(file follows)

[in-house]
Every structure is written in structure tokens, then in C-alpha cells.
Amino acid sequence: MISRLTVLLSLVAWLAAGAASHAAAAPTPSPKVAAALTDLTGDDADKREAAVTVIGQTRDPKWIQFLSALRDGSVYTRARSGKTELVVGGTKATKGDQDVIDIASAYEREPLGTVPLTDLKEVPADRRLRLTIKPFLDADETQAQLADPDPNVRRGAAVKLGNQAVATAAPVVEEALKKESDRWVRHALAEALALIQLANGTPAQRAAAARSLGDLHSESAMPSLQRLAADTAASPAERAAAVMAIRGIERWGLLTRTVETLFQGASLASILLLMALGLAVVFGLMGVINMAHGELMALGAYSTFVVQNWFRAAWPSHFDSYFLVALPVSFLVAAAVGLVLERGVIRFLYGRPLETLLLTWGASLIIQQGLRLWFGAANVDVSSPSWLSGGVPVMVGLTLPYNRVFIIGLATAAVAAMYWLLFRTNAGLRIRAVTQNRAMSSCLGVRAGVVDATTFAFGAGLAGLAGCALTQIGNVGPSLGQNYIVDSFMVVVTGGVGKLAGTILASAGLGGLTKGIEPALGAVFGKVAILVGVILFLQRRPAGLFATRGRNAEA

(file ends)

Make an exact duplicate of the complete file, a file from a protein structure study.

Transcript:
[in-house]
Every structure is written in structure tokens, then in C-alpha cells.
Amino acid sequence: MISRLTVLLSLVAWLAAGAASHAAAAPTPSPKVAAALTDLTGDDADKREAAVTVIGQTRDPKWIQFLSALRDGSVYTRARSGKTELVVGGTKATKGDQDVIDIASAYEREPLGTVPLTDLKEVPADRRLRLTIKPFLDADETQAQLADPDPNVRRGAAVKLGNQAVATAAPVVEEALKKESDRWVRHALAEALALIQLANGTPAQRAAAARSLGDLHSESAMPSLQRLAADTAASPAERAAAVMAIRGIERWGLLTRTVETLFQGASLASILLLMALGLAVVFGLMGVINMAHGELMALGAYSTFVVQNWFRAAWPSHFDSYFLVALPVSFLVAAAVGLVLERGVIRFLYGRPLETLLLTWGASLIIQQGLRLWFGAANVDVSSPSWLSGGVPVMVGLTLPYNRVFIIGLATAAVAAMYWLLFRTNAGLRIRAVTQNRAMSSCLGVRAGVVDATTFAFGAGLAGLAGCALTQIGNVGPSLGQNYIVDSFMVVVTGGVGKLAGTILASAGLGGLTKGIEPALGAVFGKVAILVGVILFLQRRPAGLFATRGRNAEA